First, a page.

I have unbanned @Heiwa, so that he might respond to questions. However I'd suggest from a legal point, the challenge should be based on what is written now as interpreted by an impartial judge, and not what heiwa later decides the words means.
     
    • Agree Agree x 1
  19. econ41

    econ41 Active Member

    I am viewing it from a para-legal perspective. The key issue in a contentious pursuit of a claim would be conflict between Heiwa arguing that a claim did not meet his standard and a claimant arguing that it did. I don't know - we could not predict at this stage - the outcome to such a challenge in a legal process setting.

    BUT we would need to take care to avoid looking at "our" side through optimistic "rose coloured glasses".
     
  20. Mick West

    Mick West Administrator Staff Member

    Well, just based on your own reading of the challenge, do you think an impartial judge should award me the money for a structure like I described? (assuming it fully collapsed after I dropped part C on it from 3.7 meters).
     
    • Like Like x 1
  21. econ41

    econ41 Active Member

    Begging all the preliminary legal issues - jurisdiction - standing - basis of claim AND whether or not Heiwa's "challenge" is in law capable of pursuit.

    Purely on the technical issues - no.

    I'm pressed for time right now but if I was counsel for the defendant Heiwa IF the case got as far as considering the technical issues my first argument would be on "scope" - yours is not a complete model at this stage. I think you would get past prima facie - "is there a case to answer?" stage BUT would fail on incomplete technical scope. As defence counsel for Heiwa I would probably try "submit no case to answer" - and probably lose but....
     
    Last edited: May 15, 2016
  22. Oystein

    Oystein Active Member

    Mick's model, as proposed, does not yet meet the following requirements:

    "3. The structure should be uniformly stressed at height=0 and height = H. It means that supporting elements are stronger at height=0."
    Heiwa pictures that columns get weaker towards the top. This is irrelevant to Mick's model, where column strength is practically "infinity" - it makes no difference if he makes the bottom columns even stronger - they never buckle anyway.

    "4. Before drop test (see 8.) the structure shall be stable, i.e. carry itself and withstand a small lateral impact at top without falling apart and to deflect elastically sideways less than H/100 at the top. Connections orjoints between elements cannot rely solely on friction."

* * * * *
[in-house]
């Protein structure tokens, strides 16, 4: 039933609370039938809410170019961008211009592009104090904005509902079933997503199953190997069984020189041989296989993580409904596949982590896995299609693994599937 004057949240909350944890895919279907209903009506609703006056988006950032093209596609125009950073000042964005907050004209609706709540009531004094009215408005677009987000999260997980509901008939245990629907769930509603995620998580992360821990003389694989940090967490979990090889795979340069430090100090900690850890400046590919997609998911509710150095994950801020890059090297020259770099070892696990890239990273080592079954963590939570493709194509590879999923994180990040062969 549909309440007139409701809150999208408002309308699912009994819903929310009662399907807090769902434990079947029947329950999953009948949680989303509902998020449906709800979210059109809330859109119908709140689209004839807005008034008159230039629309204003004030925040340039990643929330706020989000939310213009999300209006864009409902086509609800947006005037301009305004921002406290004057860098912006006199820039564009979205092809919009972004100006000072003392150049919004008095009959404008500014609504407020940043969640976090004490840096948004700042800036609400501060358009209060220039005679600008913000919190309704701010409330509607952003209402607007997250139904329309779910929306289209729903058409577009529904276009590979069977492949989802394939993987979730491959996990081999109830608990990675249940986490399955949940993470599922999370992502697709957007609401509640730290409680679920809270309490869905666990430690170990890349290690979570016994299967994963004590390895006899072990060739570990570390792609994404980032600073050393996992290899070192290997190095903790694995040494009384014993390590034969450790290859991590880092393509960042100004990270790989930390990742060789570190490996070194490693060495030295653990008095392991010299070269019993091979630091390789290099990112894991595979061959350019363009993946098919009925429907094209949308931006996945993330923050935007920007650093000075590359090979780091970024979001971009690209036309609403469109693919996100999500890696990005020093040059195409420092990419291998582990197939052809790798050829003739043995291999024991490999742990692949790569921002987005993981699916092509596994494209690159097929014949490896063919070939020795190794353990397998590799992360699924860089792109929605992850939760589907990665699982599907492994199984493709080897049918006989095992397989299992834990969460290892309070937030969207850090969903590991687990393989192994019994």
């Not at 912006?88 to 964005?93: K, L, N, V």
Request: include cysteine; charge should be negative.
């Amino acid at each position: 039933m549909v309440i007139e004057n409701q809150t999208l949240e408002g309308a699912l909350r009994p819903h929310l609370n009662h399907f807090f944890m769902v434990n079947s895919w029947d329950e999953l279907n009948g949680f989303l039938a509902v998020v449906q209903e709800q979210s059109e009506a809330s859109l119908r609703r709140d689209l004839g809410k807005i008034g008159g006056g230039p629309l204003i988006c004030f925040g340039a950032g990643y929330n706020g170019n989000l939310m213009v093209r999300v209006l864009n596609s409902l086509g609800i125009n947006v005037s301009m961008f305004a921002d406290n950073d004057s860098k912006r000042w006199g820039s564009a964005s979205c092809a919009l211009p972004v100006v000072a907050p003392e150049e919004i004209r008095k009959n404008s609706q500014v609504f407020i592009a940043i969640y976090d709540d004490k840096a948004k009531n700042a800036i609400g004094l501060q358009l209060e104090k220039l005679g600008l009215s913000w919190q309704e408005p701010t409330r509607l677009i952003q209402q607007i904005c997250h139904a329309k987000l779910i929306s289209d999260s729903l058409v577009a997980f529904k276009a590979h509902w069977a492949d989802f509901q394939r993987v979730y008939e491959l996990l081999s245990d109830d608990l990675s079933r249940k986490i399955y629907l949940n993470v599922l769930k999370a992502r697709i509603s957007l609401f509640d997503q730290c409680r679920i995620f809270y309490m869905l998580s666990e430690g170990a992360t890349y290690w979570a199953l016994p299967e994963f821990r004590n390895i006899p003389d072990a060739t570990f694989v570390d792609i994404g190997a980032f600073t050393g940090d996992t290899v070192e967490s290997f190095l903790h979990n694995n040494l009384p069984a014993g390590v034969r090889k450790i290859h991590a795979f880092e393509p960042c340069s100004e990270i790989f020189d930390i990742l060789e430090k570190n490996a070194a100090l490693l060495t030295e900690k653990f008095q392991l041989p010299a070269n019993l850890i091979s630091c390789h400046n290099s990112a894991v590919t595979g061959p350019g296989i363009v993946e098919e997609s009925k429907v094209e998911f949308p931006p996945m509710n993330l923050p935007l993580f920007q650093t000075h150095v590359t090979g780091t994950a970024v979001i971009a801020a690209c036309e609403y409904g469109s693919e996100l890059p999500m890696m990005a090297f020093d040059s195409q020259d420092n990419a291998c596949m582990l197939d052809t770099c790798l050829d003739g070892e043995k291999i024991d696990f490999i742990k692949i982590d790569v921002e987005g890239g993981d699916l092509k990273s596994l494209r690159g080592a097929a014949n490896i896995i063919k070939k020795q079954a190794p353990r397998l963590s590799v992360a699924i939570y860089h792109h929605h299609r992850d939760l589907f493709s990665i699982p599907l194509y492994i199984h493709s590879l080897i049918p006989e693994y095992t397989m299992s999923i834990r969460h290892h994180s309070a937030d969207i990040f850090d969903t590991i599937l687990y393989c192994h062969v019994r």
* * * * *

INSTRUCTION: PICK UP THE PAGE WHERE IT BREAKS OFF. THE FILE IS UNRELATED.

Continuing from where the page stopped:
a) For Mick's model, if it were, say, 12 feet tall, lateral elastic deflection at the top must not exceed 1.44 inches (H/100). It looked in an earlier demonstration that Mick's tower can sway farther. Again, it is not clear why this criterion exists - why there is a maximum deflection. More flexibility helps a structure to survive, doesn't?
    b) The magnet connections rely solely on friction ;)

    Note that there is no requirement to drop from a height = 3.7 meters! Drop height can be less - and must be less, to fulfill requirement that the top part be 1/10 of full height; unless you want to build the model 37 meters high.
     
  23. Mick West

    Mick West Administrator Staff Member

    And magnetic force, but he was probably thinking some actual mechanical connection.

    Legalistically you could add a simple mechanical connection with a tiny bit of Velcro.
     
  24. Mick West

    Mick West Administrator Staff Member

    Where is the distance between pats A and C specified?
     
  25. Oystein

    Oystein Active Member

    Eh - wasn't it you who explained to me that the force that holds the floors is actually friction?! :p

    In
    "9. Drop height of part C above part A is max 3.7 meter. Less drop height is permitted."

    I thought that Heiwa implies that you should not lift Part C higher than its location in the connected model - reading these points in conjunction:
    "2. The structure should be more or less identical from height = 0 (ground) to height = H (top), e.g. uniform density, layout of internal elements, weights and joints, etc."
    "5. Before drop test top 1/10th of the structure is disconnected at the top at height = 0.9 H without damaging the structure/elements/joints more than required for disconnection."
    "8. Now drop part C on part A and crush bottom part A of structure into smaller pieces by top part C of the structure (if you can! That's the test). Film the test on video!"​
    This is not conclusive though. #9 seems to allow lifting Part C as much as 3.7 m above its static location.

    Of course you don't need to do that with your model. Just drop it from where it is, by minimum lateral offset ;)
     
  26. Mick West

    Mick West Administrator Staff Member

    Mostly friction. The magnet pulls in to the steel plate so the vertical force is largely the resultant friction. But there's also a small vertical component of magnetic force when the magnet is below the center of mass of the steel.
     
    • Agree Agree x 2